Trendwatch: Bed Testers

Trendwatch: Bed Testers

Looking through the Instagram feeds of some of our favourite interior designers, it seems this traditional bedroom treatment has made a comeback. What better way to achieve the look than with what’s known in the industry as a bed tester? Here we share how to style and where to find them…


This Is Why It’s Popular…

Although many of us might like the idea of a four-poster bed, the proportions of a room often can’t accommodate one. If you want to make a statement in a bedroom, consider a bed tester instead. It’s making a more regular appearance in interiors – often as a mini or half tester – as a neat but high impact design device.
Interior designers in the US have been excited about this growing trend for some time. Partnered with bobbin beds (see Palmer Weiss’s image) and a bamboo bed side table, it takes on an airier feel. Alternatively, use heavier fabrics to create a sharp, smart statement as a focal point in the room.

There Are Two Types… 

In simple terms, a bed tester is a pelmet box with a curtain hung below it. Sometimes this can emulate an exisiting curtain treatment (see Eleanor Olver’s design) or create a new feature entirely.
Sarah Peake of Studio Peake recently created a design with a gently wavy edge and contrasting fabric. We asked Sarah to tell us about how she did it. “Any good curtain maker who has a good installation team should be able to make up something like this. They have to set the headboard forward on a batten and then dress the fabric behind the headboard on site – this often requires a bit of tweaking until it looks perfect. The interior and exterior fabric is best to be a similar weight so that it hangs well. Bed testers should be quite tall to elongate the shape and send the eye up – in this case it was to the underside of the cornice. I also wanted it to sit on top of the braid which bordered the edges of the walls. Sometimes, if you have very high ceilings it would look odd to have the bed tester to the cornice. In that case, line up the top of it with other things in the room like the joinery or the top of an architrave, for example.”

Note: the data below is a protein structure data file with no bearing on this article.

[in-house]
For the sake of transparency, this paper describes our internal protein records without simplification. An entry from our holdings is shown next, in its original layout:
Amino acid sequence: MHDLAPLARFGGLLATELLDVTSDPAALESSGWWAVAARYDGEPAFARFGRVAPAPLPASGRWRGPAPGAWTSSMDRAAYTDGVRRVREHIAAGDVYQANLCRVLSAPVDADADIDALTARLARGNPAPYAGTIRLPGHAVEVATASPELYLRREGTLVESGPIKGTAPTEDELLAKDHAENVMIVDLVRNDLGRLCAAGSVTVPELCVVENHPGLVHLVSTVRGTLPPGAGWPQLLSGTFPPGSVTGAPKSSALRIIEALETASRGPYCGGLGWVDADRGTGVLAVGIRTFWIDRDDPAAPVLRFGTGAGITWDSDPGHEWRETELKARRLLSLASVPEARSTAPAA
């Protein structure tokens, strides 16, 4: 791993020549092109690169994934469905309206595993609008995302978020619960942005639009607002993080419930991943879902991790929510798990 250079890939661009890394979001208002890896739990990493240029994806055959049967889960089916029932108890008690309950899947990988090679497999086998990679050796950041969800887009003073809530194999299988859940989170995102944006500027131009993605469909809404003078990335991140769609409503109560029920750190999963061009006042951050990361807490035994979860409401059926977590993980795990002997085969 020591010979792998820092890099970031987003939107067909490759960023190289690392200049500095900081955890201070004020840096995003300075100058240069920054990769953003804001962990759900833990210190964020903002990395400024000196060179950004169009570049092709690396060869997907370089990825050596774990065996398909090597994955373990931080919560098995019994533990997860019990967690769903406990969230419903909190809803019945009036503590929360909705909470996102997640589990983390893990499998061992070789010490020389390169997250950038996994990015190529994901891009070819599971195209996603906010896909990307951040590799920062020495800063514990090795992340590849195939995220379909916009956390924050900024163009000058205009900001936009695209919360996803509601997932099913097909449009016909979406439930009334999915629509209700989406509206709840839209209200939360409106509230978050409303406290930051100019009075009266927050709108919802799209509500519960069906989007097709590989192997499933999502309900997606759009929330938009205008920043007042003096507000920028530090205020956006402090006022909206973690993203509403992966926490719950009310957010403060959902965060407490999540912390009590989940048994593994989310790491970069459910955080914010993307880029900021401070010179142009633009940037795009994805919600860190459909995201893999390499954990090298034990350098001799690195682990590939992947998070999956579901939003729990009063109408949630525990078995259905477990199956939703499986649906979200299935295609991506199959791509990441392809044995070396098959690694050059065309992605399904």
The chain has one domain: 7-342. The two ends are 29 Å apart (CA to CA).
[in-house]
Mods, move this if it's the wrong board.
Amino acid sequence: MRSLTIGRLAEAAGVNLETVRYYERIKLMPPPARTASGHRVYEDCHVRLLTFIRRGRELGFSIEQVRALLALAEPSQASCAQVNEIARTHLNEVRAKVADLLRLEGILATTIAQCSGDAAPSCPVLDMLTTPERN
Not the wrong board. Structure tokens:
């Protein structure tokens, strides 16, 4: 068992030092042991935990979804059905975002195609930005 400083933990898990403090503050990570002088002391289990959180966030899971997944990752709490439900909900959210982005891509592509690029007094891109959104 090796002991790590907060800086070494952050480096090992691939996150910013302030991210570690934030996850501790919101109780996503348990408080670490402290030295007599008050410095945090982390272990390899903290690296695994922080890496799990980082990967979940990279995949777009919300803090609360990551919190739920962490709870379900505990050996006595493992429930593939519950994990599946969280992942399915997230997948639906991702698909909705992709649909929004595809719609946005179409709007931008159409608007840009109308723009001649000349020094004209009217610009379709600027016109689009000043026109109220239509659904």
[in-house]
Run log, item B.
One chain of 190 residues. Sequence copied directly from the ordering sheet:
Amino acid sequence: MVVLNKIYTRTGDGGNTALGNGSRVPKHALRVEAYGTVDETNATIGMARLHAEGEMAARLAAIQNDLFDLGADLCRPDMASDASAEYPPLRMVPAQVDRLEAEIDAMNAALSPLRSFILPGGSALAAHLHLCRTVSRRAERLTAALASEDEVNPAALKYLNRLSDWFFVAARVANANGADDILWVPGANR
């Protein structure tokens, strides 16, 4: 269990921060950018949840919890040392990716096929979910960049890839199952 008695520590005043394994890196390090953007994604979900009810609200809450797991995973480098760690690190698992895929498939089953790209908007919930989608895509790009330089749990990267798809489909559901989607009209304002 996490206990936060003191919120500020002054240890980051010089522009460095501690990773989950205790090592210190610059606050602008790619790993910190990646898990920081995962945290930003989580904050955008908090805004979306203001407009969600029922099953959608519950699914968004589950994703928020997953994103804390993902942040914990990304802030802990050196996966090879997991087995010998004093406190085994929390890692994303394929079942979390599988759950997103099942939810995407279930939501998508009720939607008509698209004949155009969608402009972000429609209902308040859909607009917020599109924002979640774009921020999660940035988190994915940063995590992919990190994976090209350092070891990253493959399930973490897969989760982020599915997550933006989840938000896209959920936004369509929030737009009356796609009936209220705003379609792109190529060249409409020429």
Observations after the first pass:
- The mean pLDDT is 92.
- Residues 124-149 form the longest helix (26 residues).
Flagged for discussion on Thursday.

Another way to achieve the look is to use a corona or crown, fixed to the wall above the bed which allows metres of fabric to drape elegantly from it. The final effect is determined by the fabric you choose. Voiles will give a light, ethereal look – just like Octavia Dickinson’s airy bedroom.

Studio Peake

Bed testers should be quite tall to elongate the shape and send the eye up – in this case it was to the underside of the cornice.
Sarah Peake at Studio Peake

Here's How To Finish Them…

As Sarah says, to keep this look high end, use a good curtain maker. The pelmet and curtains can be made in a huge array of designs, and both the pelmet and the curtains can be elevated with complementary trims, contrasting borders or decorative braids. Samuel and Sons is a treasure trove when it comes to fabric finishes. 
It’s possible to use the curtain to create the finish as well. In Salvesen Graham’s design, the floral fabric is pleated and ruffled to give the prettiest finishing touch. 

Where To Go To Buy One… 

There are plenty of crowns/coronas available online from antiques dealers, but here’s our edit of some newer options too…

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